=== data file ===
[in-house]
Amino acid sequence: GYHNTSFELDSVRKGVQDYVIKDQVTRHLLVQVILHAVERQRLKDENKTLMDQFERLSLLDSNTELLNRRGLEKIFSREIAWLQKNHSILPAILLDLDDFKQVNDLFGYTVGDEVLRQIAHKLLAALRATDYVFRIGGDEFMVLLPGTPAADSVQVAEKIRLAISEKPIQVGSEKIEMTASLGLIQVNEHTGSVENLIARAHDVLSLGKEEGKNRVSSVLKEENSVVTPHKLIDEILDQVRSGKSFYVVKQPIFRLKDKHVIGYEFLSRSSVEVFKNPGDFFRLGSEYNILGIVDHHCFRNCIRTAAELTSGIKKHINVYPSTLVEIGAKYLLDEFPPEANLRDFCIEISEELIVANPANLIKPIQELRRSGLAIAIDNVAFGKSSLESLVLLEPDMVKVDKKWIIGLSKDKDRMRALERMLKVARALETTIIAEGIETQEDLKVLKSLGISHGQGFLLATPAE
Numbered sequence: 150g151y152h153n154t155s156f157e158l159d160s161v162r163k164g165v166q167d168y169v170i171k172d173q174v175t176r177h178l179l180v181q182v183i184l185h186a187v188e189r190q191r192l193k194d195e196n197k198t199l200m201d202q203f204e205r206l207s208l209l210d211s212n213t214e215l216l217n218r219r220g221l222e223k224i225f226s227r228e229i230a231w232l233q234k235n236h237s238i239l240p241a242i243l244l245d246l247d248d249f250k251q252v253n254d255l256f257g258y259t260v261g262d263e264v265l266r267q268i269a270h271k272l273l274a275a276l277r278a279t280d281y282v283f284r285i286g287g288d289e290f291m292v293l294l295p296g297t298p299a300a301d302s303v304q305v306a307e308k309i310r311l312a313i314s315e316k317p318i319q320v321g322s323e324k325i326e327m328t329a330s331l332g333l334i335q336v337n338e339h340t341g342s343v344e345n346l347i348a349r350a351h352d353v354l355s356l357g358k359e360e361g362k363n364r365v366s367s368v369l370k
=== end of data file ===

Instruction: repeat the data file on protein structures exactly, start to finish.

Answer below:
[in-house]
Amino acid sequence: GYHNTSFELDSVRKGVQDYVIKDQVTRHLLVQVILHAVERQRLKDENKTLMDQFERLSLLDSNTELLNRRGLEKIFSREIAWLQKNHSILPAILLDLDDFKQVNDLFGYTVGDEVLRQIAHKLLAALRATDYVFRIGGDEFMVLLPGTPAADSVQVAEKIRLAISEKPIQVGSEKIEMTASLGLIQVNEHTGSVENLIARAHDVLSLGKEEGKNRVSSVLKEENSVVTPHKLIDEILDQVRSGKSFYVVKQPIFRLKDKHVIGYEFLSRSSVEVFKNPGDFFRLGSEYNILGIVDHHCFRNCIRTAAELTSGIKKHINVYPSTLVEIGAKYLLDEFPPEANLRDFCIEISEELIVANPANLIKPIQELRRSGLAIAIDNVAFGKSSLESLVLLEPDMVKVDKKWIIGLSKDKDRMRALERMLKVARALETTIIAEGIETQEDLKVLKSLGISHGQGFLLATPAE
Numbered sequence: 150g151y152h153n154t155s156f157e158l159d160s161v162r163k164g165v166q167d168y169v170i171k172d173q174v175t176r177h178l179l180v181q182v183i184l185h186a187v188e189r190q191r192l193k194d195e196n197k198t199l200m201d202q203f204e205r206l207s208l209l210d211s212n213t214e215l216l217n218r219r220g221l222e223k224i225f226s227r228e229i230a231w232l233q234k235n236h237s238i239l240p241a242i243l244l245d246l247d248d249f250k251q252v253n254d255l256f257g258y259t260v261g262d263e264v265l266r267q268i269a270h271k272l273l274a275a276l277r278a279t280d281y282v283f284r285i286g287g288d289e290f291m292v293l294l295p296g297t298p299a300a301d302s303v304q305v306a307e308k309i310r311l312a313i314s315e316k317p318i319q320v321g322s323e324k325i326e327m328t329a330s331l332g333l334i335q336v337n338e339h340t341g342s343v344e345n346l347i348a349r350a351h352d353v354l355s356l357g358k359e360e361g362k363n364r365v366s367s368v369l370k